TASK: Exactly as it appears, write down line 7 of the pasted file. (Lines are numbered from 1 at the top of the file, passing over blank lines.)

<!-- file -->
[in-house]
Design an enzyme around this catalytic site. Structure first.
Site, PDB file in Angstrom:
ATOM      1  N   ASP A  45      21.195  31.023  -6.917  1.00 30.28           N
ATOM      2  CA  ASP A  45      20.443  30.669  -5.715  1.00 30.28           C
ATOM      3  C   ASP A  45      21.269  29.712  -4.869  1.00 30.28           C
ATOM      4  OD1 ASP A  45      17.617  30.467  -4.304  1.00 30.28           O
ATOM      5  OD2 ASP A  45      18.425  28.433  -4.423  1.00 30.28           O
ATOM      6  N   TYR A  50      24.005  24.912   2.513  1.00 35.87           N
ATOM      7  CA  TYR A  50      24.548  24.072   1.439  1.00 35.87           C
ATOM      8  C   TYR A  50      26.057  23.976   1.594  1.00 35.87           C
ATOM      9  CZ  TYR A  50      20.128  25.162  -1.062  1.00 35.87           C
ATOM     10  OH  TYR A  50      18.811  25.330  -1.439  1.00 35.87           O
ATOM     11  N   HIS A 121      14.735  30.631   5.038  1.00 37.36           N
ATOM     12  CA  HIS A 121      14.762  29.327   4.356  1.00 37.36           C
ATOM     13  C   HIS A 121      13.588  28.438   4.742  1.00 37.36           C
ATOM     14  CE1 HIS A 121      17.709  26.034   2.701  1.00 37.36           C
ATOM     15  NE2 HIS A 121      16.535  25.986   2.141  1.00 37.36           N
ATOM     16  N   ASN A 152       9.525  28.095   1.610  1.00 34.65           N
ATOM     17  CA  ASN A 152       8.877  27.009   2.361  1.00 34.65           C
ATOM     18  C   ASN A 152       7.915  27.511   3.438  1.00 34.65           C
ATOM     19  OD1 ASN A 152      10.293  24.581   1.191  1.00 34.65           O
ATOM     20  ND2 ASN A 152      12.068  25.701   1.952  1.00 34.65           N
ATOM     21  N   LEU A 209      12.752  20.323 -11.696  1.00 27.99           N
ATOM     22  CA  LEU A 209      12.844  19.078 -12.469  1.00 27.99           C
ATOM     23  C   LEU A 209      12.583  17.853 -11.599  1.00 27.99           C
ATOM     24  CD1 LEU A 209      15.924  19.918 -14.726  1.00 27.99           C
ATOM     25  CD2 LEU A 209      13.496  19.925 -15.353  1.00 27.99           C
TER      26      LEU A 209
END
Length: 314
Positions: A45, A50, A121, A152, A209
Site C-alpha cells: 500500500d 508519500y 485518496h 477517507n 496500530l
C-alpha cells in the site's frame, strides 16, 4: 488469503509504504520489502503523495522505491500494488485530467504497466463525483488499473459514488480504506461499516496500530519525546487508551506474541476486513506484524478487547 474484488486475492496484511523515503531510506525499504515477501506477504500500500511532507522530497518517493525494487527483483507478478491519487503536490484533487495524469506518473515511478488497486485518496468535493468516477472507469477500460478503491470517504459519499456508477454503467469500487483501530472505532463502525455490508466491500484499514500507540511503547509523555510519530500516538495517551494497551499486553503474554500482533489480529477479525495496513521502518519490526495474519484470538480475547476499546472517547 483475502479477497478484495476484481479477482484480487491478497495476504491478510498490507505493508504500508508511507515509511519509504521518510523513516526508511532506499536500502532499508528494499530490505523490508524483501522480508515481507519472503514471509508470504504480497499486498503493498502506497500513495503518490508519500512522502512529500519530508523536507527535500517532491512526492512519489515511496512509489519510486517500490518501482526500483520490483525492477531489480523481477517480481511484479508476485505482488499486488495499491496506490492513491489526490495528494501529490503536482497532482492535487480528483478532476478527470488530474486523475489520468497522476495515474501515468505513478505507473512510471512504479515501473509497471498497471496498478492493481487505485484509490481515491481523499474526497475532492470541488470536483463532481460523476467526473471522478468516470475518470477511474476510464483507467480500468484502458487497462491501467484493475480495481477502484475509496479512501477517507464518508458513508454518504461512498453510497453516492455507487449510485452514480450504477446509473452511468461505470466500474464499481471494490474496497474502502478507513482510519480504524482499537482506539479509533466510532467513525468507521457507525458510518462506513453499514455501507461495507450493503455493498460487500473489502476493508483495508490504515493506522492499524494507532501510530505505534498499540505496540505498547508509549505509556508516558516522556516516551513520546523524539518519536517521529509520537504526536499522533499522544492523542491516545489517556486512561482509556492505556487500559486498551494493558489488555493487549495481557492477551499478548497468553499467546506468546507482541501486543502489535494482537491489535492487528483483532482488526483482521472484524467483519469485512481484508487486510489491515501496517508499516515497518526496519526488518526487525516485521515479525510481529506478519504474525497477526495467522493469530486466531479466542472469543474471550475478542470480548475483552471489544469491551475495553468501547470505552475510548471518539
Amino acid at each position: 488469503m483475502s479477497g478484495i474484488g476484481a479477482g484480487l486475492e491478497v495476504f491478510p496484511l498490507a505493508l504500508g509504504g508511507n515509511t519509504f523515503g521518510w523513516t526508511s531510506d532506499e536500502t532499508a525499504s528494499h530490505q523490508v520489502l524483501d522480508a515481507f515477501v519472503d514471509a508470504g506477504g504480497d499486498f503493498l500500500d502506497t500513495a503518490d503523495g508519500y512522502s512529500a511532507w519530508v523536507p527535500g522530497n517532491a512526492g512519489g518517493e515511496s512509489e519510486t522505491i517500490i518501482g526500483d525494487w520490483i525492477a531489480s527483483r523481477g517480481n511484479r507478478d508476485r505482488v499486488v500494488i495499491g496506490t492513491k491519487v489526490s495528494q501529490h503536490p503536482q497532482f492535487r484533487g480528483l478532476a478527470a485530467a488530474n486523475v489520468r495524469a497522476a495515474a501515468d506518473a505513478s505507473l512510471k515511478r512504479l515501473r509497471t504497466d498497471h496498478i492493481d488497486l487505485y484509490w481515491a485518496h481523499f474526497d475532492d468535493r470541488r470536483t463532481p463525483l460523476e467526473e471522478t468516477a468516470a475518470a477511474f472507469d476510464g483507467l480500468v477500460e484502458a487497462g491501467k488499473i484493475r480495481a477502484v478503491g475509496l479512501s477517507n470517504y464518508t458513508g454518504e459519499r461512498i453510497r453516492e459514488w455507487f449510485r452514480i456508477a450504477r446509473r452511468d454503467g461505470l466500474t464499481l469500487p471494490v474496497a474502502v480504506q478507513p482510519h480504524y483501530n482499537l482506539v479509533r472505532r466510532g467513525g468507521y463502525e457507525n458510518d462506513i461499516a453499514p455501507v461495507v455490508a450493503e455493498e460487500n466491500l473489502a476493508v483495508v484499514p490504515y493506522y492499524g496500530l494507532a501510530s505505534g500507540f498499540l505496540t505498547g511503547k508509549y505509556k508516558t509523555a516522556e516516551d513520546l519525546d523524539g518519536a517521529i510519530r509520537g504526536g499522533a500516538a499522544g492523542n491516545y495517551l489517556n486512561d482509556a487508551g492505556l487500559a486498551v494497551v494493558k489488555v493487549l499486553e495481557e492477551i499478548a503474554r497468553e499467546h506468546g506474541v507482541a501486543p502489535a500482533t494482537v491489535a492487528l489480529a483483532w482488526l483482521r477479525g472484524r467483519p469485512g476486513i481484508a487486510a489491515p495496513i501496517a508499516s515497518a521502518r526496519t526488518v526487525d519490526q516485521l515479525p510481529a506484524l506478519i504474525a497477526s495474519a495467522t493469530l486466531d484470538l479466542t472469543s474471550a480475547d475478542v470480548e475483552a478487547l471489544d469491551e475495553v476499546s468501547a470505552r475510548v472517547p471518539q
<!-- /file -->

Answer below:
ATOM      4  OD1 ASP A  45      17.617  30.467  -4.304  1.00 30.28           O